Developer Paddy McKillen has won part of his challenge to the National Asset Management Agency.
The Supreme Court ruled that the decision made to acquire Mr McKillen's €2.1bn portfolio of loans had no legal effect.
It ruled that the decision was taken by an interim team on 11 December and 14 December in 2009, before the establishment of NAMA on 21 December of that year.
The court found that NAMA could have made a valid decision after it had been established.
But the consistent assumption by NAMA was that the decision had been made by the interim team and it did not see any necessity for a further decision.
The court found that contrary to the High Court's judgment, the interim team's decision was not given legal effect by any subsequent act or series of acts by NAMA.
It said the question of whether NAMA had made a decision to acquire Mr McKillen's assets was not a purely technical and formal one. It said such a decision was an essential step in the statutory process.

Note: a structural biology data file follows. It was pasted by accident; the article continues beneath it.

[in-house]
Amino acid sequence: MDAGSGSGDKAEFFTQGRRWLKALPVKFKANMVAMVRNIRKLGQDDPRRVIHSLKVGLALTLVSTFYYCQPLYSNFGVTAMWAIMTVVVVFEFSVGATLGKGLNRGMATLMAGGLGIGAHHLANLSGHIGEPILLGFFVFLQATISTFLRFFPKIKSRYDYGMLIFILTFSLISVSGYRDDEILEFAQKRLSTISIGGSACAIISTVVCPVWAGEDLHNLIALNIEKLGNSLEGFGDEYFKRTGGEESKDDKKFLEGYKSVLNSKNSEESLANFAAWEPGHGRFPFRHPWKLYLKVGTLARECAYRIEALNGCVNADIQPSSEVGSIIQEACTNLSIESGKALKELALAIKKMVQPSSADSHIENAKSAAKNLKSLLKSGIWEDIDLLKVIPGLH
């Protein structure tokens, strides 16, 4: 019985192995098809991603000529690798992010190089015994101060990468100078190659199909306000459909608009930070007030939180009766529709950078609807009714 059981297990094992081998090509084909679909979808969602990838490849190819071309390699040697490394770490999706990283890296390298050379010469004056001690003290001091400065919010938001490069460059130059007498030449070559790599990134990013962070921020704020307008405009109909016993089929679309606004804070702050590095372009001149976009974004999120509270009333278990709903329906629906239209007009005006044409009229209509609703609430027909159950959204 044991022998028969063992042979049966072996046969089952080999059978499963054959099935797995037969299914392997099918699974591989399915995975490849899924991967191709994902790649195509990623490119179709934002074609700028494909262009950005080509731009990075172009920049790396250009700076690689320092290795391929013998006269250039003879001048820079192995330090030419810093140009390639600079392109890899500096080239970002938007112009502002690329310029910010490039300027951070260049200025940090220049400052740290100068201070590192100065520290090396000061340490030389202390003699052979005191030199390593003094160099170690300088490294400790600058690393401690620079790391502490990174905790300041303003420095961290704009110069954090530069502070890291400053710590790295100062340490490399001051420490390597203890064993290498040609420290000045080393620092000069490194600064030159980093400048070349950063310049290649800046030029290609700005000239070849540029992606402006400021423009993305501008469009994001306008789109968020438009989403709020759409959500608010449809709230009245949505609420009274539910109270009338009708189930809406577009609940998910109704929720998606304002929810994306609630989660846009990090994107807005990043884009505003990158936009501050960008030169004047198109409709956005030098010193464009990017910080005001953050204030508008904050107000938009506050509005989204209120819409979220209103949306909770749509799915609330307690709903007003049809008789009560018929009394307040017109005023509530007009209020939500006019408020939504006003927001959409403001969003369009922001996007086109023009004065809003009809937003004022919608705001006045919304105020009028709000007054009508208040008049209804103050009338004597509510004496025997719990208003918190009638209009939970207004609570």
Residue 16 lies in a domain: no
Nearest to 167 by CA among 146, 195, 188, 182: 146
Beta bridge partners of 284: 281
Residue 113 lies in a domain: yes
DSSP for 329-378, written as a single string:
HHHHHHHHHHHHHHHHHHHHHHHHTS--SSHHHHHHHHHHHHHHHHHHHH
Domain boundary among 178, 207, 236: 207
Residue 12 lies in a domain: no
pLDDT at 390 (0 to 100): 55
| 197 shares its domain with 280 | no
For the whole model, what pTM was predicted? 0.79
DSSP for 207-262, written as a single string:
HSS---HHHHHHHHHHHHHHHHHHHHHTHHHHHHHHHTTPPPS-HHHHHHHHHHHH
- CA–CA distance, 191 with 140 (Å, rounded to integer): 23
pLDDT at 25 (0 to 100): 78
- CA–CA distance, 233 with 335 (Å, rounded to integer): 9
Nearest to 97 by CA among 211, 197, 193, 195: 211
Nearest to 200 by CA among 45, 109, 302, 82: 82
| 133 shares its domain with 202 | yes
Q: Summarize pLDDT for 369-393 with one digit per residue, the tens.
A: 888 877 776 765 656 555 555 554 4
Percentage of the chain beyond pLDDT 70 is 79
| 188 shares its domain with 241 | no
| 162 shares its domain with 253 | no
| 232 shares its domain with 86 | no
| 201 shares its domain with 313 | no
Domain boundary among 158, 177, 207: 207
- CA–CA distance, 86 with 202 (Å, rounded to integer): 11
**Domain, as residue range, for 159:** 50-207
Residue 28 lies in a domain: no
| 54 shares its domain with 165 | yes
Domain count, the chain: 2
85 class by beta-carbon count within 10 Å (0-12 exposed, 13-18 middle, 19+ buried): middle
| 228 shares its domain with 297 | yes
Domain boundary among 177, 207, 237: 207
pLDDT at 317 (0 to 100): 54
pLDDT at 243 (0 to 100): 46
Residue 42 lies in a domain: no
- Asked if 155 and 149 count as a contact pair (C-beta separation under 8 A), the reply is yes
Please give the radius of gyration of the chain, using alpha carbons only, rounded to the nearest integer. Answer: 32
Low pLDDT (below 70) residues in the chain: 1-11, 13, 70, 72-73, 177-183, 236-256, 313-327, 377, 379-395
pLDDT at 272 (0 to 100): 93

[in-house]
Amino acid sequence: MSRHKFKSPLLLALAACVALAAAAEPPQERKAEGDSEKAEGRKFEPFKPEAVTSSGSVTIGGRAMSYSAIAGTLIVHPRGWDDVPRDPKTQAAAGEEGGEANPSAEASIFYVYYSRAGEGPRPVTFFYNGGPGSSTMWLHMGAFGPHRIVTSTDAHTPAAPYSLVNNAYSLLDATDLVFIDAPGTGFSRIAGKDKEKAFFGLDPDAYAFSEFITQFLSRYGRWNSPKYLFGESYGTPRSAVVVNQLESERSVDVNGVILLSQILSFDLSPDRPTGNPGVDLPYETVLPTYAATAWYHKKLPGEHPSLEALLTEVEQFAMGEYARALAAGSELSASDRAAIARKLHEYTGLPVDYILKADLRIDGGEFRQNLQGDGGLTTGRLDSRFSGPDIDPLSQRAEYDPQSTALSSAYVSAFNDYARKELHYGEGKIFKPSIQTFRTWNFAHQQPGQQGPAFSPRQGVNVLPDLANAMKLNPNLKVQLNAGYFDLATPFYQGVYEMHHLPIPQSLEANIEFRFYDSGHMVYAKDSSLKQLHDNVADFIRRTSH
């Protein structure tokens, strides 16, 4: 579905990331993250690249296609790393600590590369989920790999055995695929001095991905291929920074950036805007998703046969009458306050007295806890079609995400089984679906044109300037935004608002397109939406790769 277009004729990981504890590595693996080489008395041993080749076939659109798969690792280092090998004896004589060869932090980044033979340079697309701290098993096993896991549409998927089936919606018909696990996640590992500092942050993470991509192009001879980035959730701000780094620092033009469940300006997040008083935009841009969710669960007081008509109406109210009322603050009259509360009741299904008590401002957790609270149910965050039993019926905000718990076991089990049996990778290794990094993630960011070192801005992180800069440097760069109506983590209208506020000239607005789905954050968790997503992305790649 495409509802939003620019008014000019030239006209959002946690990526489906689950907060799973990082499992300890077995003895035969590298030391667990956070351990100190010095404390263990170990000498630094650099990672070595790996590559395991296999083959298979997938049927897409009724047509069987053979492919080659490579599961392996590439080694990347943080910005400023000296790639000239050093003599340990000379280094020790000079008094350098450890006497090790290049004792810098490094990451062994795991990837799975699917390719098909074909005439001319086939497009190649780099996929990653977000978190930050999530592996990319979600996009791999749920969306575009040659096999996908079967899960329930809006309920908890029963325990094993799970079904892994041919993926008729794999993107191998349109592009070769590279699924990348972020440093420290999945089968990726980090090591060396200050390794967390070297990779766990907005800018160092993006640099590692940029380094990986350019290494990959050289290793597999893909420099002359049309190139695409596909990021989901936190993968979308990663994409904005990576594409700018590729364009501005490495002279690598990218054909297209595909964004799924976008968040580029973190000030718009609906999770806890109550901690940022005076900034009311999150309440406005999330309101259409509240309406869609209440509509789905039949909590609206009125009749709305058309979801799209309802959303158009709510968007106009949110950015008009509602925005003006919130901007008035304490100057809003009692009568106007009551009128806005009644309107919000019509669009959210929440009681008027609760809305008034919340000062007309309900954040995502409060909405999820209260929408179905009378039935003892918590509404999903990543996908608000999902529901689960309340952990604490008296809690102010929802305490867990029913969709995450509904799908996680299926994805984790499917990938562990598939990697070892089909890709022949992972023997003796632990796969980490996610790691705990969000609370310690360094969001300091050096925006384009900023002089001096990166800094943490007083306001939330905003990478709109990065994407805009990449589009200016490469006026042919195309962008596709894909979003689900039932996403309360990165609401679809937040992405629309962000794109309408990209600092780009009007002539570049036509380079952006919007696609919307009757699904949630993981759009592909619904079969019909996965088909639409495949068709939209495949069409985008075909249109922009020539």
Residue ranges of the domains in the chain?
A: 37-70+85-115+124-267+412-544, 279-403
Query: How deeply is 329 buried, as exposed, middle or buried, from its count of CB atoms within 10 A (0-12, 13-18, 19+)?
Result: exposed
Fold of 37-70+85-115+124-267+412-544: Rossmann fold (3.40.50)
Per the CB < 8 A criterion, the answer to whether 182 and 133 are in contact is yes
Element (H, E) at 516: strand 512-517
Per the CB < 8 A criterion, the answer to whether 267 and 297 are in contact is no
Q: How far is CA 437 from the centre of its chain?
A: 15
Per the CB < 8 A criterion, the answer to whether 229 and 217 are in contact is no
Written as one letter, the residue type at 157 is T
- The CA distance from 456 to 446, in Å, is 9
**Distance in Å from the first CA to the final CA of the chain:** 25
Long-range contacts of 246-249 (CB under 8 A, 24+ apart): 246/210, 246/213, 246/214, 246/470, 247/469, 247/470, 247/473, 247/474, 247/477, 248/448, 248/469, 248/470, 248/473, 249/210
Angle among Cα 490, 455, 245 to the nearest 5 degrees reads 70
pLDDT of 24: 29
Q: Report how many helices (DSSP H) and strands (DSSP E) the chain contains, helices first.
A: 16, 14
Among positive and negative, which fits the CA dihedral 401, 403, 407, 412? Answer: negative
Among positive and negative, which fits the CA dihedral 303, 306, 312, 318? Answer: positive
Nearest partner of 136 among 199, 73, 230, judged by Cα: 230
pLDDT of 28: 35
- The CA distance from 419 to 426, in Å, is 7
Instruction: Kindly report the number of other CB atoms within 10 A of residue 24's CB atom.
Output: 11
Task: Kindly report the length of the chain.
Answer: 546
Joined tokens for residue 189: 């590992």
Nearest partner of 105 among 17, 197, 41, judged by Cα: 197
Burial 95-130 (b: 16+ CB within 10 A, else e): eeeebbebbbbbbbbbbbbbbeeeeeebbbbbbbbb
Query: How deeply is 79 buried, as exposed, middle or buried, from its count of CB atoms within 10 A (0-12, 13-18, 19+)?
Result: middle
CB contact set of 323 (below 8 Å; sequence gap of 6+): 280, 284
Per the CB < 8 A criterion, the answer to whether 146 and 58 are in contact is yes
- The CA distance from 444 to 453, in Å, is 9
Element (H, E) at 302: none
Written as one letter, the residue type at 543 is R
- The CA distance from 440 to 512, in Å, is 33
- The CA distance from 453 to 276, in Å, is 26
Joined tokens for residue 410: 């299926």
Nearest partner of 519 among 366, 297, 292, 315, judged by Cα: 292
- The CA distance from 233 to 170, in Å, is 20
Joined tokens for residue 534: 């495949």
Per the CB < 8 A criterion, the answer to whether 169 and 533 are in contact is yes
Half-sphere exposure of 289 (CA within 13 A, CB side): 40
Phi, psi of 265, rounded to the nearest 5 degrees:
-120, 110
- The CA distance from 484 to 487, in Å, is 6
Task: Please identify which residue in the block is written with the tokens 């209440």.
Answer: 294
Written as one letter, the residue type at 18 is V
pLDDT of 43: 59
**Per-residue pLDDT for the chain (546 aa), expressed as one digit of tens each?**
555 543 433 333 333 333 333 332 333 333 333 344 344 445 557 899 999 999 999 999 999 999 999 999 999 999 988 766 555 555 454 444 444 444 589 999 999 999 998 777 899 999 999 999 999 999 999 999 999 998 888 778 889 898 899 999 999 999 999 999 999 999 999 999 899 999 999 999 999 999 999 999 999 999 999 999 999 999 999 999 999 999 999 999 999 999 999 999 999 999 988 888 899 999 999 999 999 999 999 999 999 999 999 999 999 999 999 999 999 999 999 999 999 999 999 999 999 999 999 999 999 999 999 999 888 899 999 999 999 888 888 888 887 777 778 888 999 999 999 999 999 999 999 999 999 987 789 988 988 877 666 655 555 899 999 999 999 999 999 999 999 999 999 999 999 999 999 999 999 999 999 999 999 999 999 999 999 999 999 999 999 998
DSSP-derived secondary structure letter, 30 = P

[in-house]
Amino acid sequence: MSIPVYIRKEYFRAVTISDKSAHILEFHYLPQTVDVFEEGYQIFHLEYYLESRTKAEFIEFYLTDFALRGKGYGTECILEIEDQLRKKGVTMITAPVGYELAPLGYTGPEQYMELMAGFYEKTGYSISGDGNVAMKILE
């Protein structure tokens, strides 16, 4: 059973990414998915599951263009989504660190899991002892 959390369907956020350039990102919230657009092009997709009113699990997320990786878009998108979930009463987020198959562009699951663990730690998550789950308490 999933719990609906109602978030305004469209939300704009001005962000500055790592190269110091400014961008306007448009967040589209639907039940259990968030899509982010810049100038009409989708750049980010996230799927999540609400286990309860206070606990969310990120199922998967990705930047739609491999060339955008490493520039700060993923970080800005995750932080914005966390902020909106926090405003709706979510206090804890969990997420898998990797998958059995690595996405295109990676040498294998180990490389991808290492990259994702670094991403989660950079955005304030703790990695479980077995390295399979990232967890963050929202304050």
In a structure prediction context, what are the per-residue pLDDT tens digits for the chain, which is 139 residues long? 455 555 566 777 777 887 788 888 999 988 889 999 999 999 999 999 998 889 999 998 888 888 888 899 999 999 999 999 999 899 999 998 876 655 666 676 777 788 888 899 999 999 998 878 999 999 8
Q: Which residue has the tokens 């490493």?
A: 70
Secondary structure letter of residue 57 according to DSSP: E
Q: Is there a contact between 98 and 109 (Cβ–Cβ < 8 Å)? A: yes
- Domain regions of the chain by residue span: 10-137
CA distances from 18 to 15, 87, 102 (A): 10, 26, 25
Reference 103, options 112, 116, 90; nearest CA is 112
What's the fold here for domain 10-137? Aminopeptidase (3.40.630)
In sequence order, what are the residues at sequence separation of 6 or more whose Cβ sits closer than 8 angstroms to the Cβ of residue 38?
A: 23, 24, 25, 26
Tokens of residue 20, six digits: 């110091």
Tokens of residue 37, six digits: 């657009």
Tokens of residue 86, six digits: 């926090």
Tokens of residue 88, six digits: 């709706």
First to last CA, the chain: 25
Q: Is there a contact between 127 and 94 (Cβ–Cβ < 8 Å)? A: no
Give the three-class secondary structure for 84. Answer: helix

The court found that it was of critical importance in this case that NAMA had never reached the stage of serving the financial institutions involved with an acquisition schedule for Mr McKillen's loans.
The court found against Mr McKillen on the issue of the European Commission's approval of NAMA. It found NAMA had not breached the commission's decision to approve the agency.
The court will sit next Wednesday to hear submissions on what will happen to the other issues in Mr McKillen's appeal - the right to fair procedures, the failure of NAMA to take into account relevant factors and the constitutionality of the legislation - in the light of the fact that the court has ruled there is no decision by NAMA.
The Supreme Court's ruling today could simply mean that the NAMA board can now make an official, valid decision to acquire Mr McKillen's loans and start again with the process of acquiring them.